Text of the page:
BTW, anything that is zero tolerance will not work. It has been proven so many times, it is a fact.

                    Liked by 1 person

      1. That is a great question and I’ve wondered what could be done for the subject at hand. I’ve been more compelled to talk about racism like the stuff that’s happened to me and researching so many historical things that don’t get talked about.

        Liked by 2 people

        1. Take for example, Strom Thurmond was a WS/KKK type, the longest-serving member of the Senate who raped a 15-16-year-old black girl. I’m not sure how many times or how many others.

          He was a womanizer, known to fondle white women and apparently raped black girls. A child was born from a violent act of rape, Essie Mae Washington-Williams who was 87 years when she died. Thurmond secretly paid for her education to traditionally black schools while he continued to put forth and support Jim Crow laws. He died at 100 years old. At 78 years old Essie Mae was legally recognized as one of his children. She and her mother kept his secret.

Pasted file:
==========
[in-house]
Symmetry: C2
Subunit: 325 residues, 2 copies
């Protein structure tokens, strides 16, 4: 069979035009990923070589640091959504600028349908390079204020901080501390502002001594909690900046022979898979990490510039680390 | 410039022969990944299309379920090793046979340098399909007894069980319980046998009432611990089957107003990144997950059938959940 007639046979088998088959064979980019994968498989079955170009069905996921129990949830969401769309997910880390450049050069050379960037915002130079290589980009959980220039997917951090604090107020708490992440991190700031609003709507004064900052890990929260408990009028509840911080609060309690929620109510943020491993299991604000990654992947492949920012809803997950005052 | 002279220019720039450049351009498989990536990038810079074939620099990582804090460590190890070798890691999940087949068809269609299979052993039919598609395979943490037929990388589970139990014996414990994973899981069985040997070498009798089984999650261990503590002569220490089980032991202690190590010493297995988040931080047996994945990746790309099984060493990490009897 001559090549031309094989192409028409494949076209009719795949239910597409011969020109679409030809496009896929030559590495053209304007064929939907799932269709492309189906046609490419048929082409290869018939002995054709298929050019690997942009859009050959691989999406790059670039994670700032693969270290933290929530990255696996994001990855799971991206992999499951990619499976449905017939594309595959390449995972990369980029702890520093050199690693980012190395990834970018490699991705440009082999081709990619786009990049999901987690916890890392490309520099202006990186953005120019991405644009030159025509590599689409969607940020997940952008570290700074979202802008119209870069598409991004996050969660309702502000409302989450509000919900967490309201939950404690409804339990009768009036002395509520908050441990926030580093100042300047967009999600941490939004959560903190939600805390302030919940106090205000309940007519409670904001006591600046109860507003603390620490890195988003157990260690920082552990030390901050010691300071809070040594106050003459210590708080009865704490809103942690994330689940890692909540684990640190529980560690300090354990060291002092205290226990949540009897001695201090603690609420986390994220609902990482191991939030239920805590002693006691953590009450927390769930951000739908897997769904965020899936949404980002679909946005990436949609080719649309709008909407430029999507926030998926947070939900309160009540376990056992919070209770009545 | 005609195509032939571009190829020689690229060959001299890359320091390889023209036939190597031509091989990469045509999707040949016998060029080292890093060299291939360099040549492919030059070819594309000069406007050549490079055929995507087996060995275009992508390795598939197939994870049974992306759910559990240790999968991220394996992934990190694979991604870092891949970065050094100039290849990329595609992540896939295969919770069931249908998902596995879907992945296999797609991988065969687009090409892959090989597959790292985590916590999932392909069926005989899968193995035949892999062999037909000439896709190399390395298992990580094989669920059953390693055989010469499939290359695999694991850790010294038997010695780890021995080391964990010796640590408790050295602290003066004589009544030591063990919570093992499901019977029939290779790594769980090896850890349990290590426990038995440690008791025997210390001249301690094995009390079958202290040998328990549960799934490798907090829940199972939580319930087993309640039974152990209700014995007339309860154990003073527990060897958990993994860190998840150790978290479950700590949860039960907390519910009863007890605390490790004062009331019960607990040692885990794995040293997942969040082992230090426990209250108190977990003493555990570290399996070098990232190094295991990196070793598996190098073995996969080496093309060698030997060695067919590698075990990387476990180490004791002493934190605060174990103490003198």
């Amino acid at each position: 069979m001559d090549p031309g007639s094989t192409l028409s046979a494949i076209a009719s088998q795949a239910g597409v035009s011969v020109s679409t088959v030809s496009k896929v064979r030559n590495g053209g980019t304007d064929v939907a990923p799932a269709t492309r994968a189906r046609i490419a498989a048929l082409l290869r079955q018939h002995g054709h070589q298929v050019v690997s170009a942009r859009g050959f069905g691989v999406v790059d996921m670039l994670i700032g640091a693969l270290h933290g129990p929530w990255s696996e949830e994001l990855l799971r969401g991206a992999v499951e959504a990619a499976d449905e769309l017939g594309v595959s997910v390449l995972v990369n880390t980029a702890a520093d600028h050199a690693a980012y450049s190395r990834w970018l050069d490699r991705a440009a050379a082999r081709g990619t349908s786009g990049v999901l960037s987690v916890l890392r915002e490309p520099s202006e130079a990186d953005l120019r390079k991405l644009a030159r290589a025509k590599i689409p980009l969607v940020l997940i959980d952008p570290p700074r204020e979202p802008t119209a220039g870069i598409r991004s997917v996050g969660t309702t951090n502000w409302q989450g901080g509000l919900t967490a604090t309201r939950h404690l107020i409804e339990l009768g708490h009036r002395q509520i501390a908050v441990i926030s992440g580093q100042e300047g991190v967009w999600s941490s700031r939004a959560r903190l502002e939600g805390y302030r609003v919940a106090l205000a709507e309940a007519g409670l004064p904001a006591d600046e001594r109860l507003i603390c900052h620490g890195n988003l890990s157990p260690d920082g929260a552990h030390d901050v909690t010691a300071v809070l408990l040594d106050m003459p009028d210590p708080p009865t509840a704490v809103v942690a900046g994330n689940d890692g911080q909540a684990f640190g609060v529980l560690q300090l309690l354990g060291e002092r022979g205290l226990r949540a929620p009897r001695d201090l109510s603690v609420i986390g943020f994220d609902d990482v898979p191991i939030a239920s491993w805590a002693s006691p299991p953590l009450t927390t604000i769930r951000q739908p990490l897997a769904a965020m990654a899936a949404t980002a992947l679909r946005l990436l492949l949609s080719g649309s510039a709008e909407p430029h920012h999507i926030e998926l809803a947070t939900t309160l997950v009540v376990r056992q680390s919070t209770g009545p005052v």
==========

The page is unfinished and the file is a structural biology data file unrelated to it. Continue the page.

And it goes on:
I wonder why she or her mother didn’t point out his hypocrisy as many white women would have. I wonder why black women and black men haven’t come forth to bring charges of the rape and crimes inflicted on them by white men and women similar to what happened to Bill Cosby? I’m sure there are recent examples are out there.

          During his heyday, I remember Strom Thurmond as the face of Jim Crow- white supremacy, racism, and the KKK. When I googled him his WS ideology or KKK sympathies were downplayed, he was portrayed as a “progressive” senator. One was made to believe he championed causes that helped southern blacks.

          How can one really know the truth when it is disappearing from databases and damning facts are erased or replaced with myths?

          Liked by 1 person

          1. Strom Thurmond was a hardcore bigoted scumbag which we all can agree on, but I didn’t even know that about him. That’s appalling on so many levels. I knew it used to be legal in America for White men to rape Black women which calling it an atrocity would be an understatement, but something like this shouldn’t surprise me anymore.

            That brings up a good question. I don’t know if Stockholm Syndrome would be the right term, but there’s definitely a coercion into silence at play. Maybe it was fear of a whitelash if any accusations were called? Possibly a slandering campaign against the victims?